Indicative prices for services

Service name Cost in rubles
Caries treatment from 4290
Treatment of complicated caries (pulpitis, periodontitis) from 9680
Tooth extraction from 2530
Plastic surgery of the frenum of the tongue, upper, lower lip from 4950
Comprehensive oral hygiene 6589
Orthopedic consultation 605
Orthodontist consultation 1000
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Modern dentistry near Krasnye Vorota metro station

Dental clinic “Doctor Smile” is located in the Central Administrative District of Moscow, a 10-minute walk from the station “Krasnye Vorota”.

The range of services provided in the clinic includes all types of dental services:

  • Oral hygiene;
  • Therapy;
  • Orthopedics;
  • Orthodontics;
  • Periodontics;
  • Surgery;
  • Implantation

Constant promotions in the clinic near the Red Gate are an excellent opportunity to receive high quality dental services at an affordable price.

We accept bank installment cards for payment:

  • Sovcombank;
  • Kiwi;
  • HomeCredit;

We arrange loans for dental treatment on favorable terms and interest-free installments in partner banks:

  • Alpha;
  • Europe Credit;
  • Orient Express;
  • Tinkoff;
  • Renaissance;

Dentistry service modern standards

In the Doctor Smile dentistry at the Red Gate station, highly specialized dentists work: orthodontists, therapists, orthopedists, surgeons, and implantologists.

The specialists were selected to the team according to a strict competition held by the owner of the clinic, orthopedic doctor Kagan M.L.

They regularly attend seminars, master classes and refresher courses in Russia and Europe.

Equipment of our clinic

  • Orthopantomograph GENDEX;
  • Tomograph GENDEX;
  • ZOOM-3 and ZOOM-4 devices;
  • Apex Locators;
  • 3d-shape scanner;
  • “Vector” apparatus;
  • Autoclaves Assistina and Mocom;
  • Radiovisiograph.

We pay great attention to the infectious safety of the manipulations carried out in the clinic. We make the most of disposable instruments and various hygiene products. If the instrument is reused, then it undergoes a special multilevel cleaning, sterilization and processing on modern advanced equipment.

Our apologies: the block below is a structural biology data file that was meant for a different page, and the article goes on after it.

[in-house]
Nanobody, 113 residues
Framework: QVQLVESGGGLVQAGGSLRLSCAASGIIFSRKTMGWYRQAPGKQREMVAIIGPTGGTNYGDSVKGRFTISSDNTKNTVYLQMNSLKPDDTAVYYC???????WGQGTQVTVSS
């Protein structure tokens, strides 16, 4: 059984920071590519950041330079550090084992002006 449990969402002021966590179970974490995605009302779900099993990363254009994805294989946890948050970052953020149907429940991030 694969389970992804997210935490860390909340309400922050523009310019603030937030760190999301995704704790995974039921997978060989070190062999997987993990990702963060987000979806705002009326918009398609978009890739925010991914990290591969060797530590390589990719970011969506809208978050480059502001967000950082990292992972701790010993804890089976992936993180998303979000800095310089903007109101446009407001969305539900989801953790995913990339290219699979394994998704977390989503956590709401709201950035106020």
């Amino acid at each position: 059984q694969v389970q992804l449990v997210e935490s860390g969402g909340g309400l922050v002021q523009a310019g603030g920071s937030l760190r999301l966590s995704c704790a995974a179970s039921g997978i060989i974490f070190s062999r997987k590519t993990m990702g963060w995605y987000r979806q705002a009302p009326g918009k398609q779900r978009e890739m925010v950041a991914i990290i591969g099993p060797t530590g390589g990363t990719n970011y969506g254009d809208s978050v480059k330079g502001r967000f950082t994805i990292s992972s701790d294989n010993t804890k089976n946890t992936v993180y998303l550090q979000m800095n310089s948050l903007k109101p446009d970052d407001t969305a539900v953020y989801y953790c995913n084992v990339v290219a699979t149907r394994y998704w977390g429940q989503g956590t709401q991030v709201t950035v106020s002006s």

OGBUZ “Clinical Emergency Hospital” :: Information for patients

Order number

F.AND ABOUT.
position

Place and time of reception

1

Chief Physician

Chief physician’s office
St. Tenisheva, 9 “D”

Tuesday
13.15-14.15

Thursday
15.00-16.00

2

Deputy chief physician
on medical part
Elena Merkusheva
Bronislavovna

Office of the deputy.chief physician
St. Tenisheva, 9 “D”

Wednesday
15.00-16.00

Friday
10.30-11.30

3

Deputy chief physician
by clinical expert
work of Aleshenkova Alla
Vladimirovna

Office of the deputy.chief physician
by KER st. Tenisheva, 9 “D”

Monday
15.00-16.00

Friday
12.30-13.30

4

Deputy chief physician for general affairs
Fedorov Ruslan Eduardovich

Office of the deputy.chief physician for general issues, st. Tenisheva, 9, new trauma building, office. 205

Tuesday 12.30-13.30

5

Deputy chief physician
on personnel Likhobabenko
Anna Alexandrovna

Office of the deputy.chief physician
on staff st. Tenisheva, 9 “A”

Tuesday
10.00-11.00

Thursday
15.00-16.00

6

Deputy chief physician
on economics Nikolaets
Olga Vladimirovna

Office of the deputy.chief physician
on economics, Tenisheva st., 9 “A”

Monday
10.00-11.00

Friday
15.00-16.00

7

Chief of Staff for Civil Defense and Emergencies
Yakub Sergey Vladimirovich

Office of the Chief of Staff
St.Tenisheva, 9 “D”

Wednesday
10.00-11.00

Friday
15.00-16.00

8

Head of the economic department
Sobolev Ivan Alexandrovich

Office of the head of department
St.